Never reply to harassing messages.

Save harassing messages and forward to your Internet or e-mail provider.

Speak out if you see someone harassing others online or via cell phones.
(Raskauksas, 2007) The Victim The Group New Zealand schools rated among the worst category in the world for bullying
More than 50 percent above the international average
The Cyberbully Often involved in other antisocial, delinquent behaviours.
Not a phase they will outgrow.
A quarter of cyberbullies have also bullied offline.
Remaining three quarters do not bully others in person.
Internet has empowered this group.
Feels removed from action due to lack of feedback which miminises empathy or remorse.
(Web Aware)
There is always a power imbalance between victim and bully (Shariff & Johnny 2007).
Belief that cyber bullies took part for ‘entertainment’ (Smith P, et al. 2008). "... profound change in the nature of bullying and youth violence is a subject in drastic need of more research" (Raskauskas. 2010).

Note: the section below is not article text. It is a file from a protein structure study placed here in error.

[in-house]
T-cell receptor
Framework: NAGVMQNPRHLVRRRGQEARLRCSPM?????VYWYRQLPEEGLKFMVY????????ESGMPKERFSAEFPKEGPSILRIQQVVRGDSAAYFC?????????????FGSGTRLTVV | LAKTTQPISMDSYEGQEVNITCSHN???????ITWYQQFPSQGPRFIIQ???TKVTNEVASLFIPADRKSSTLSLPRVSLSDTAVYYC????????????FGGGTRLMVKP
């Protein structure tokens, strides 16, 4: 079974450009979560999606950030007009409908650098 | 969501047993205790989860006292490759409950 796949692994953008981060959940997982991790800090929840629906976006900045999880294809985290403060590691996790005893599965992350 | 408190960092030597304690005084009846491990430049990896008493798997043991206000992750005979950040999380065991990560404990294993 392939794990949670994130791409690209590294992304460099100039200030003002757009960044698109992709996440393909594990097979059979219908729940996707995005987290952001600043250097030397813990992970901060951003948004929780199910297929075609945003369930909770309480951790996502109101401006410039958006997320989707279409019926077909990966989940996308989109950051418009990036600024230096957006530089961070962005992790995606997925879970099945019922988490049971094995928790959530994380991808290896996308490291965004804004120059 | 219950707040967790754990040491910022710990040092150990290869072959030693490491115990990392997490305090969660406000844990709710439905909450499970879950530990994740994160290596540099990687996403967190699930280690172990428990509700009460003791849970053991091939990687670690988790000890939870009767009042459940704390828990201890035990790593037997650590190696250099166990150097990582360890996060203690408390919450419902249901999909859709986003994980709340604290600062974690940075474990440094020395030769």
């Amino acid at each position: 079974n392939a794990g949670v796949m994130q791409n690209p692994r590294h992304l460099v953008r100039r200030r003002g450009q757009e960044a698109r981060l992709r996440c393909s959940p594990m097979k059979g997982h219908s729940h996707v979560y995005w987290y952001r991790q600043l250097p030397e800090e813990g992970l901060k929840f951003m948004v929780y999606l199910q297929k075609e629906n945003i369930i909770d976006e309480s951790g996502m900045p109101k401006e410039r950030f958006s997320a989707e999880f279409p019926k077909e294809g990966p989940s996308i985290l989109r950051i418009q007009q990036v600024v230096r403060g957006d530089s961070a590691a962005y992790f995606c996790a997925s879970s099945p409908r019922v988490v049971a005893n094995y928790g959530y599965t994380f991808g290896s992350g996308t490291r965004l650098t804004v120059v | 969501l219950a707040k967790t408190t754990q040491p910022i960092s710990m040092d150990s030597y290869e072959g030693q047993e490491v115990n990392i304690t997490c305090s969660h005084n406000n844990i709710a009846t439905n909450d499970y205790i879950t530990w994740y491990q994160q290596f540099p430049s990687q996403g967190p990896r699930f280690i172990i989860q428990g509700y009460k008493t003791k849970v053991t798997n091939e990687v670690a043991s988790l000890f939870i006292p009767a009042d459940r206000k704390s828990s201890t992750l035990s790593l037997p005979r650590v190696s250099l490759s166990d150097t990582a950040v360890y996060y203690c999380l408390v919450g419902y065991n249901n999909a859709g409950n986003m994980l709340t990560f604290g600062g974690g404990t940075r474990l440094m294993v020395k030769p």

(Education Act 1998) (Education Act 1998) Bystanders witnessing bullying Experience less secure learning environment Perceive school environment negatively Tend to be involved in bullying Report more absenteeism and less interested in performance at school My View (TIMSS 2006/07 study, International Association for the Evaluation of Educational Achievement, 2008) cited in Carroll-Lind, 2009, p20). (TIMSS 2006/07 study, International Association for the Evaluation of Educational Achievement, 2008) cited in Carroll-Lind, 2009, p20). Implications for My Practice as a Teacher? I believe that cyberbullying is a serious issue which can have detrimental effects on all parties involved (the bully, victim, and the group - educational and family). These negative consequences involve, emotional, social and learning issues. I agree everyone involved needs to be educated on this and people need to be responsible to some degree of their own and others safety.